There are 33 Democratic state senators (counting Independent James Meeks). With 36 Democratic state senators, the Democratic caucus could override a veto of the governor.
And that would shift things around quite a bit.
Right now, a lot of progressive ideas, especially a 5 percent income tax to invest in Illinois' future, get stifled because the governor is an opponent.
With a veto-proof majority in the Senate, that dynamic would lose a lot of steam.
And this isn't so inconceivable. Are there three seats that can flip from R to D in the next year?
How about the many open seats that moderate, intelligent Republicans are leaving?
Senator Dave Sullivan in Park Ridge (where the Jan Schakowsky organization has been growing) is a great example.
Senator Steve Rauschenberger (who has a blog of his own for his gubernatorial race here) represents an increasingly Latino district in Elgin. . .and Latinos like the D.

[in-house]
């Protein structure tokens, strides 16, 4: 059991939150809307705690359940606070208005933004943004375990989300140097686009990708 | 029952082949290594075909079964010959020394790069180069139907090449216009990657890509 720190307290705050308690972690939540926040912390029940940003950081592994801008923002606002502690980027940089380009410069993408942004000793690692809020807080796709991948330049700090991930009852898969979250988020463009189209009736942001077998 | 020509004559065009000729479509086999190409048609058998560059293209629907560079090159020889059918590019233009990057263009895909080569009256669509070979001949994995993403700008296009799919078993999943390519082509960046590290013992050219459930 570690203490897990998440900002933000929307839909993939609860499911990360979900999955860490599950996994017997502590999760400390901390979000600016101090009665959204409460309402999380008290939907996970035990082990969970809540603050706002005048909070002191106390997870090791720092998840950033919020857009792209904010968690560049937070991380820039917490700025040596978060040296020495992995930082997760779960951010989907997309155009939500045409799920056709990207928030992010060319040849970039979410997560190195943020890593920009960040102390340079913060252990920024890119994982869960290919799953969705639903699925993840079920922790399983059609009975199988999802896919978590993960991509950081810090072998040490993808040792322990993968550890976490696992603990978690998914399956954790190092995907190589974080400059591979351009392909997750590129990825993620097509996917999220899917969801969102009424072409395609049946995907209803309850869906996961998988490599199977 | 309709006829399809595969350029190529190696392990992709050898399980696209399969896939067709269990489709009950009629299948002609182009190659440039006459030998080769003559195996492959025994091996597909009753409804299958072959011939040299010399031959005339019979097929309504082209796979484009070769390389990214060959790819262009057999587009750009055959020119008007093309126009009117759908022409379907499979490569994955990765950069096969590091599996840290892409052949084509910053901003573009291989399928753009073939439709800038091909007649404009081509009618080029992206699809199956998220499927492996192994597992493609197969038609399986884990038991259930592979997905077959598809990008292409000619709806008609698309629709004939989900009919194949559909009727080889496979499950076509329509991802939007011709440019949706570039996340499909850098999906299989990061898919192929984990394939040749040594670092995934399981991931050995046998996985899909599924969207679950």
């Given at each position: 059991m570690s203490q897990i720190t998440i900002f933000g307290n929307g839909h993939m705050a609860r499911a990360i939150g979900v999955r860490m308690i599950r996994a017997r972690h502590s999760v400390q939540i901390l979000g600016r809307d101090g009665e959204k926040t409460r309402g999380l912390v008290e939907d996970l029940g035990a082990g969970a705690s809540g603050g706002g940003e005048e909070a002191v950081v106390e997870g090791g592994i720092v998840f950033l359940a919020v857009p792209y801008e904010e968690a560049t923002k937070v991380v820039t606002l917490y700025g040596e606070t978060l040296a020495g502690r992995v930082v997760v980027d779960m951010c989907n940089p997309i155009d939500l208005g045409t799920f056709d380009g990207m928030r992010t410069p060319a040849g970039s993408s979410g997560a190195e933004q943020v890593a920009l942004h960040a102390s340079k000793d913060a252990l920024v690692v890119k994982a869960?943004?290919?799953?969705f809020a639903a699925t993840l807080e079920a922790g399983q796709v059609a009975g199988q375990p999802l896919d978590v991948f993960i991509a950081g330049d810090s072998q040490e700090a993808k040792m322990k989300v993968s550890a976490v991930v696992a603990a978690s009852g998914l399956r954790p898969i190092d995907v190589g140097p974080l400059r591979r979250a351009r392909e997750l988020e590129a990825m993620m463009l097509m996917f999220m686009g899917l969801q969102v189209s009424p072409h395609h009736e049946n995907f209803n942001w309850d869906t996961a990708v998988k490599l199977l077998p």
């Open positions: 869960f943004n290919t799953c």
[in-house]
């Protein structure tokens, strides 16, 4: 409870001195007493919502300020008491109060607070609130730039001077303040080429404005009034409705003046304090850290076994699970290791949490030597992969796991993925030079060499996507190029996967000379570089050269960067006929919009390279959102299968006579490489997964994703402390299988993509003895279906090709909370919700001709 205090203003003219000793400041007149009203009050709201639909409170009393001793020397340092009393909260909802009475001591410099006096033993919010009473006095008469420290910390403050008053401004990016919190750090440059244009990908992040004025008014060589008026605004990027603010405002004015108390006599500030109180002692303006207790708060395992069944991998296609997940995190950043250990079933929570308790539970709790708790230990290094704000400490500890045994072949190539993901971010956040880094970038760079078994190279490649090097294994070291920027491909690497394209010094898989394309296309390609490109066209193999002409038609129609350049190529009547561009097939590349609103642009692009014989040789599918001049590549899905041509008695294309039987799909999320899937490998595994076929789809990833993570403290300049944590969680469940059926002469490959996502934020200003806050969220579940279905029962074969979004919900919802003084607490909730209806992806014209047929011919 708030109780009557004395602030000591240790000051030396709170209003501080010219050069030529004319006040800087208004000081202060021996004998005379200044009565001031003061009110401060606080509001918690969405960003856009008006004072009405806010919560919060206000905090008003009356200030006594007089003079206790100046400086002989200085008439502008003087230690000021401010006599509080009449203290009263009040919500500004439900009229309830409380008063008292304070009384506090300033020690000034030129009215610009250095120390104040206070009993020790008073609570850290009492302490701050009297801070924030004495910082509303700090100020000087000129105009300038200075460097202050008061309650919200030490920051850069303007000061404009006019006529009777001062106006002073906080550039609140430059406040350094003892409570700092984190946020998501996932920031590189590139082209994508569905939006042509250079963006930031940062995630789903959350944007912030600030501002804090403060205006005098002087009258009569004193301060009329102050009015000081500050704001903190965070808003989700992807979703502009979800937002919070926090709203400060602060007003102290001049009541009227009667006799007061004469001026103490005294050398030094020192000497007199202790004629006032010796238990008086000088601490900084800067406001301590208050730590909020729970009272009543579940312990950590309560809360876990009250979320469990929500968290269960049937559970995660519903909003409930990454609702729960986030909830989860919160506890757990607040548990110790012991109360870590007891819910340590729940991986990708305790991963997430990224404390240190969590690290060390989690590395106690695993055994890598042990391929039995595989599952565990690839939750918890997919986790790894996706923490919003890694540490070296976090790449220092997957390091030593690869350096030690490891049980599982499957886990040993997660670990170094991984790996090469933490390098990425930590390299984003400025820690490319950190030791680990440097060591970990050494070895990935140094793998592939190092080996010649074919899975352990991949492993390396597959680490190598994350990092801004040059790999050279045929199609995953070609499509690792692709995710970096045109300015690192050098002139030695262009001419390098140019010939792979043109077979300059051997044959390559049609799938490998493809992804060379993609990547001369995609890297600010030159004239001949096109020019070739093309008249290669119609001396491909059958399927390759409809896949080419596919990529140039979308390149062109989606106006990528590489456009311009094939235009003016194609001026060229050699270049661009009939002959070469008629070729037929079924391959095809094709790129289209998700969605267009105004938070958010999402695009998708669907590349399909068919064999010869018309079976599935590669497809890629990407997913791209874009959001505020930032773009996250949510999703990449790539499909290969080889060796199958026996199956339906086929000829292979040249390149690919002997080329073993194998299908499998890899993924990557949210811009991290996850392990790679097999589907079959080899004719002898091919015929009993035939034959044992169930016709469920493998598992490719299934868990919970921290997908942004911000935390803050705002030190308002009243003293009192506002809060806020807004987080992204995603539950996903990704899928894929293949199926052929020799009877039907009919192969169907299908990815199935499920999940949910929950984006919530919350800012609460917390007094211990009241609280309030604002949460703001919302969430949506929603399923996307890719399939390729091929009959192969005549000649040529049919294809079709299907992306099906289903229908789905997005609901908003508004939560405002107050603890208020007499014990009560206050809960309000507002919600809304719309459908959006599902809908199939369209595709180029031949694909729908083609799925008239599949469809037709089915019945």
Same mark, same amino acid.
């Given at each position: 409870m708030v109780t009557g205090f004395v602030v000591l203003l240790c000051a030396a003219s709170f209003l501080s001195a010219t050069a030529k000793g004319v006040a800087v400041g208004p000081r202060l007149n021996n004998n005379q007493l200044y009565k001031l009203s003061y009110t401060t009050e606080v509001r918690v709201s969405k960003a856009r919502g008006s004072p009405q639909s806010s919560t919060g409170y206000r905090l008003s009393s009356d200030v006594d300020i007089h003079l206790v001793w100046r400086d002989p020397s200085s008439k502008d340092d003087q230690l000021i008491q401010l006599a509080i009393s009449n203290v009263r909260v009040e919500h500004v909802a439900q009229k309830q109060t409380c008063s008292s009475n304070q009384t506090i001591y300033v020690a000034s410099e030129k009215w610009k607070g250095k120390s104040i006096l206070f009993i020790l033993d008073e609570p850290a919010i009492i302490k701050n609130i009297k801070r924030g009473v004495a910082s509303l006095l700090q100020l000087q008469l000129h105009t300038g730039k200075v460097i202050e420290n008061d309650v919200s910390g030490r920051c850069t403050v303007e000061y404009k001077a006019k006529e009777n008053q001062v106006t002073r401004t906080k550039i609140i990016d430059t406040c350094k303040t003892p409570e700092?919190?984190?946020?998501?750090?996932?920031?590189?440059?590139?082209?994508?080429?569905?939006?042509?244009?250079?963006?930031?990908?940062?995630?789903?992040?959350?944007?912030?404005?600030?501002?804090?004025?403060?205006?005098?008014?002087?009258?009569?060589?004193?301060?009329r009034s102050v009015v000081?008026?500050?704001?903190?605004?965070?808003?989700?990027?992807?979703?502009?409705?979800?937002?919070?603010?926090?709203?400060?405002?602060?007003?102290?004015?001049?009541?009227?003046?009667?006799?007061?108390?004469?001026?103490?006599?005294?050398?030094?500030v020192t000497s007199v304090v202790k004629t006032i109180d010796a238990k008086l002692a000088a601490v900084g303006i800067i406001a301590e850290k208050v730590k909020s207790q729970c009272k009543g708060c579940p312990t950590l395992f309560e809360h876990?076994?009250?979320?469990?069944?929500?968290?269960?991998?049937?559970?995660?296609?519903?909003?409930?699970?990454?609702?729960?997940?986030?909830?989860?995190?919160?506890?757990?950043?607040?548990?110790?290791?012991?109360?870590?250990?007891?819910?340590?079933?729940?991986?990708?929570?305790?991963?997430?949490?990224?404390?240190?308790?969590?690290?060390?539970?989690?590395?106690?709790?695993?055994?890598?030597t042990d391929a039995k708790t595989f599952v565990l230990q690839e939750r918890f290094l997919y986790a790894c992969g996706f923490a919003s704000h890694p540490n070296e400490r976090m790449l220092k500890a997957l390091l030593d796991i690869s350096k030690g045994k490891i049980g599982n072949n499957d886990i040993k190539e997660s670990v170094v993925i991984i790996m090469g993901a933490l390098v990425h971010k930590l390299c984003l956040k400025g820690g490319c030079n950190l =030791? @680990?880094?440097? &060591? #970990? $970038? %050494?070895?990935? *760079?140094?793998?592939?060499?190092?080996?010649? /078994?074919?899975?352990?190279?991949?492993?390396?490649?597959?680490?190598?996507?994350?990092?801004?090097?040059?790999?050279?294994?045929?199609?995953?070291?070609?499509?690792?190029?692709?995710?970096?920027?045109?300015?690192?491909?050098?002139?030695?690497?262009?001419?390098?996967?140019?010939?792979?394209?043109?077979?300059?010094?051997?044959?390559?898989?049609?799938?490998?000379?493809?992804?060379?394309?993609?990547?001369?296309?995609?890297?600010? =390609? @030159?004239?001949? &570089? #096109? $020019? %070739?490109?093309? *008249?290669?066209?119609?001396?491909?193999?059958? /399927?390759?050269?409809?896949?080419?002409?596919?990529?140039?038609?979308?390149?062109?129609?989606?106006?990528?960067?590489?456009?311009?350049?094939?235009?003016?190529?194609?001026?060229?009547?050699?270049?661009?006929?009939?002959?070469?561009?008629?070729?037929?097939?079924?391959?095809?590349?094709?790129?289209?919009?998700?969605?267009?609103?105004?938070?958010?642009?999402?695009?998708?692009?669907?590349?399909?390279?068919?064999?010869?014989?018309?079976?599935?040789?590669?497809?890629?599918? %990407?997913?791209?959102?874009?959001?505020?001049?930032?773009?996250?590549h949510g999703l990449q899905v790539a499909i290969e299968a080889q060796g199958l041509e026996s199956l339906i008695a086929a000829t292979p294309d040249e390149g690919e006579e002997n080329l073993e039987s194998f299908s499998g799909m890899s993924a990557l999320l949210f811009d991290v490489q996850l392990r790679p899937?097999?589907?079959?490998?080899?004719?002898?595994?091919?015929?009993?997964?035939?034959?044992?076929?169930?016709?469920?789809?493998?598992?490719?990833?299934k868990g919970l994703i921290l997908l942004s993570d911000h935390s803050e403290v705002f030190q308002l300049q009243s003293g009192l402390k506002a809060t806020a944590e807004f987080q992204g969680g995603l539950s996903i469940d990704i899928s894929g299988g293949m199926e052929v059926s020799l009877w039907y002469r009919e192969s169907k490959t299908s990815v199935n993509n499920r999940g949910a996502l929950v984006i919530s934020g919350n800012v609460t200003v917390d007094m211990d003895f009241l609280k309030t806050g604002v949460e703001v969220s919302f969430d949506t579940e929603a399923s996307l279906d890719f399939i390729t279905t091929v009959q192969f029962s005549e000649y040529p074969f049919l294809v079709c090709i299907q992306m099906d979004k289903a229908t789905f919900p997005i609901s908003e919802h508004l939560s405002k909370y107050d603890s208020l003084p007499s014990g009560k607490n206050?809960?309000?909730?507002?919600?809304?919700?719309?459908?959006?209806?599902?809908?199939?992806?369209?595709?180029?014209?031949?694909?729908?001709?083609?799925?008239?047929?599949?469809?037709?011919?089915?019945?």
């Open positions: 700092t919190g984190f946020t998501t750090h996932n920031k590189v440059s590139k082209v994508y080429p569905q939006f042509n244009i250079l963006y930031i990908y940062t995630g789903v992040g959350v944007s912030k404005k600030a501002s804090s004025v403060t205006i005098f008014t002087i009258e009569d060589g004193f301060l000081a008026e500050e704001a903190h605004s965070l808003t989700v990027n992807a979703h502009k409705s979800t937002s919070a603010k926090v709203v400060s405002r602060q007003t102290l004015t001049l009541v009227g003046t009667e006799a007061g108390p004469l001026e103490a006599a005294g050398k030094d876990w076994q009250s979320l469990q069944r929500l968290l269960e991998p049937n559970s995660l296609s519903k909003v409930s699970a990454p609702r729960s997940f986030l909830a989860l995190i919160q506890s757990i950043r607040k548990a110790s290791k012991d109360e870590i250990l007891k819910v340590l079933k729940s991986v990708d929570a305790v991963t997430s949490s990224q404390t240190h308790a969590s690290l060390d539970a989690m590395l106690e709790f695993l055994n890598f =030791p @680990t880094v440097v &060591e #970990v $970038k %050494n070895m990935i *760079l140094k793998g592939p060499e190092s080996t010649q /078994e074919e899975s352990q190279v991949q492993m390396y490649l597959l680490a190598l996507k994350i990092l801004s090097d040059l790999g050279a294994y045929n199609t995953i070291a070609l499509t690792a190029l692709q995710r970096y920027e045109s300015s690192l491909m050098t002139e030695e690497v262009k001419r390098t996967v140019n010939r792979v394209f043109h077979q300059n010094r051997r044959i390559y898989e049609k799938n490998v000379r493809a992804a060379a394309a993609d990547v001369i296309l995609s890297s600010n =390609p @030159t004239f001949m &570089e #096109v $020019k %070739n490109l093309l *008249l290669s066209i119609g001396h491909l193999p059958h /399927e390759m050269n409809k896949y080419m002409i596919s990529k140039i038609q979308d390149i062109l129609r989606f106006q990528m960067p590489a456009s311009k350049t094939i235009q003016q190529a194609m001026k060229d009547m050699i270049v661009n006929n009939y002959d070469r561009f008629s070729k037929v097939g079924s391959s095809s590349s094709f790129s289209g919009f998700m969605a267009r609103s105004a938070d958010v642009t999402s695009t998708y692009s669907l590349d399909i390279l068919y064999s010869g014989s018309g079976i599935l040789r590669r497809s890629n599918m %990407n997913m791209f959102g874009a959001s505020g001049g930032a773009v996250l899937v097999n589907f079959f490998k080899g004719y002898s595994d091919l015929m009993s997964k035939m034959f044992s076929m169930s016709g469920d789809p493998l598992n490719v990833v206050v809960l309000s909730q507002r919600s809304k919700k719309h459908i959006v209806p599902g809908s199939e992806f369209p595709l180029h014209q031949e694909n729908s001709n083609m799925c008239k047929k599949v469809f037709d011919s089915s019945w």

And the big Tier One target race is likely to be Rick Winkel, a thoughtful Republican in an increasingly-Democratic district (one of the two state reps earned 62% of the vote last time against a very good Republican opponent) where hard-charging Michael Frerichs, the Champaign County Auditor and another thoughtful public official, is considering a challenge to Winkel. (This would be a real showdown between two smart, shrewd, savvy politicos -- I was a student in Champaign when Rick Winkel rode the 1994 GOP sweep to the state House on a very-smart 'Save the Chief' campaign on campus).
And that's a veto-proof majority.
The House, with six more seats to pick up, looks a lot tougher. (There are 65 House Dems now, and 71 are needed for that veto-proof majority). But anything is possible. It will just be Governor Blagojevich at the top of the ticket (no U.S. Senate race, no presidential race), so if we Dems want to play to our strengths, we ought to be refining our message of what a Democratic state government has delivered for Illinois in the last four years -- higher wages and healthier people without a tax increase.
So if you'd like to build up a veto-proof majority, what are you waiting for? Get involved. Start practicing on your friends and family about why electing Democrats makes our lives better. We always have a more difficult message than Republicans. Practice. And convince people to vote for us -- either the people in your circle of friends and family or strangers in your precinct.